Protein is transported by your blood to organs and tissues throughout the body. Our kidneys prevent protein from passing through the bloodstream. If your kidneys lose their ability to retain protein, then it enters your urine through your capillaries.
The kidneys filter waste from the blood while also preserving proteins in the body. In normal circumstances, protein would not be detected in your urine. However, some diseases and conditions allow proteins to pass through the kidney filters, resulting in protein in the urine. It’s not uncommon for young people to temporarily have increased levels of protein in their urine, particularly after exercise or during illness. However, consistently high protein levels in the urine can be a sign of other kidney-related issues.
Your protein levels might increase after exercise between 18-100%, depending on the type and intensity of exercise. People engaging in highly-intensive forms of exercise have been observed to have a higher incidence of proteinuria. It is without a doubt related to the intensity of muscular movements, and protein levels typically would decrease after prolonged training.
Dehydration occurs when your body loses too much water. It is a common, short-term cause for high protein levels in the urine. Water is used by your body to transport nutrients, such as proteins, to your kidneys. If your body doesn’t have enough water, then it will experience difficulties in delivering nutrients needed throughout the body.
Increased burden, depression, and anxiety can increase physical oxidative stress, which affects the renal system and causes an increase in protein in the urine. In other words, the more stressed you are, the more likely you will have an increased protein level in your urine.
Protein in urine is a common symptom of diabetes. It is usually discovered during a routine urine test. A small amount of protein in the urine is normal. However, people with diabetes may excrete up to four times the normal amount of protein in their urine.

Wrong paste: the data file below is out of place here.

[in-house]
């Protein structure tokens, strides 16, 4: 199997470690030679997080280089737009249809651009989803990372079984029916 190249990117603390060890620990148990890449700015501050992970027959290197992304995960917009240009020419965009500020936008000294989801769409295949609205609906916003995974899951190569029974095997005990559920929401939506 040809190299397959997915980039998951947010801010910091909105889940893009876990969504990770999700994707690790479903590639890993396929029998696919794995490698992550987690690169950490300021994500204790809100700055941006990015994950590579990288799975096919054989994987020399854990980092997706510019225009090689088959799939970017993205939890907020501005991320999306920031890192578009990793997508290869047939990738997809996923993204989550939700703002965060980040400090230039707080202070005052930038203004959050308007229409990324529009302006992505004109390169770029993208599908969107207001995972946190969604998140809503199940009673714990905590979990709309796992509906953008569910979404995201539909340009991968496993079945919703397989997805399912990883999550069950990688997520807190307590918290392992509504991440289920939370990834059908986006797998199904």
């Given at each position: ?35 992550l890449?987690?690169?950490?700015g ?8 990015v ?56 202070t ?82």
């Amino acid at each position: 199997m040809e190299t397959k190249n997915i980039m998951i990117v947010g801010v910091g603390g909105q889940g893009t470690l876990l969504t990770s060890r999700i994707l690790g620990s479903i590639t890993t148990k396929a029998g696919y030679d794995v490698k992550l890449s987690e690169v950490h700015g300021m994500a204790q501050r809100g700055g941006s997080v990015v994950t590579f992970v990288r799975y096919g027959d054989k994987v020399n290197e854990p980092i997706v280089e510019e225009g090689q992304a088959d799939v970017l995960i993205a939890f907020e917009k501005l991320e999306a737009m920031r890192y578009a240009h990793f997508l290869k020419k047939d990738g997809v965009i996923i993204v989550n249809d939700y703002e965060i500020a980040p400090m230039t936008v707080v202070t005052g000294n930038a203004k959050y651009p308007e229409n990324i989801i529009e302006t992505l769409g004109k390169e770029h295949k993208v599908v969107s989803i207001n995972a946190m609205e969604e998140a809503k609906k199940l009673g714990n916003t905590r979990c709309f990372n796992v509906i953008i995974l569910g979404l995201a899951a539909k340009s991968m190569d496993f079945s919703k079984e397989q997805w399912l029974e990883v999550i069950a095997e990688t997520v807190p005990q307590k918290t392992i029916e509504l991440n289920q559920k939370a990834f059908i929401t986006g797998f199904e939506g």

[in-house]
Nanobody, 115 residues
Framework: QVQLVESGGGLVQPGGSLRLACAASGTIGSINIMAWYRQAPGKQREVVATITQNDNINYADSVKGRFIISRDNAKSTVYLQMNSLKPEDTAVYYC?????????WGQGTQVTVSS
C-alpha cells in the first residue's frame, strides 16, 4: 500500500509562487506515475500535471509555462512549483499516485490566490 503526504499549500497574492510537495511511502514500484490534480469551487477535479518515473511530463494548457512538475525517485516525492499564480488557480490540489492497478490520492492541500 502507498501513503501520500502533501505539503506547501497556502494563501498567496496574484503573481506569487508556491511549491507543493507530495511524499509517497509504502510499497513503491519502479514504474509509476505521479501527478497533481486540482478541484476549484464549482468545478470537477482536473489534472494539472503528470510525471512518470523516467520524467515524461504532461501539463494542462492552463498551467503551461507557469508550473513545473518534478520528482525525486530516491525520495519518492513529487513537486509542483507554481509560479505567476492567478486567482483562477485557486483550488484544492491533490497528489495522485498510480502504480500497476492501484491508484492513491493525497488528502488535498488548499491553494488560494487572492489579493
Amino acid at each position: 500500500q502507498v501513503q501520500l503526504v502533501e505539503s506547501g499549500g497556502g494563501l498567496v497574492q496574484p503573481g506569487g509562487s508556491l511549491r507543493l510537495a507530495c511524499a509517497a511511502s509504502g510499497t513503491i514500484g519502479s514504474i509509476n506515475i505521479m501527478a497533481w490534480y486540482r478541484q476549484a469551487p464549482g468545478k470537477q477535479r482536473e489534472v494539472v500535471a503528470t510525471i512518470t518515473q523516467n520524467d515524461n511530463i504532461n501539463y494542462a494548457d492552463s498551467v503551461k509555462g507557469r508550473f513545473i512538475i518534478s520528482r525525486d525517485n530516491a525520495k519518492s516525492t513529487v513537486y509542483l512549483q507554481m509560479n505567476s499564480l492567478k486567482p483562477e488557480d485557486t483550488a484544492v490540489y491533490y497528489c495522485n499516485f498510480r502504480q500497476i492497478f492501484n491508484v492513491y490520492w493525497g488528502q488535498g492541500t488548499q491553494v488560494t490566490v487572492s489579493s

Diabetic nephropathy, or kidney disease, is one of the most common diabetes complications. When blood sugar levels are high, the body may start to excrete excess sugar through the urine. This process can cause kidney damage and protein leakage into the urine. Early diagnosis and treatment of kidney disease can help to prevent further damage and preserve kidney function.
Urinary Tract Infections:
Urinary tract infections may cause protein excretion in the urine. It is common to detect protein in the urine of people who are experiencing UTI symptoms.
If you have a high level of protein in urine, you might consider some or all of the following dietary recommendations:
- Reading food labels can help you figure out how much calories, fat, and protein you’re consuming.
- Complex carbohydrates (such as whole grains) have the greatest impact on blood sugar levels, which is important if you have kidney problems related to diabetes. Keep your blood sugar balanced by opting for complex carbohydrates.
- Increase your fiber intake by adding more vegetables, fruits, and whole grains to your diet.
- It’s important to limit your consumption of saturated fats and oils. Minimize the amount of processed food you consume, as well as reduce your red meat consumption.
- Limit your consumption of alcohol, and quit smoking.
- Drink enough water every day.
- Exercise regularly to help your kidneys control your blood pressure.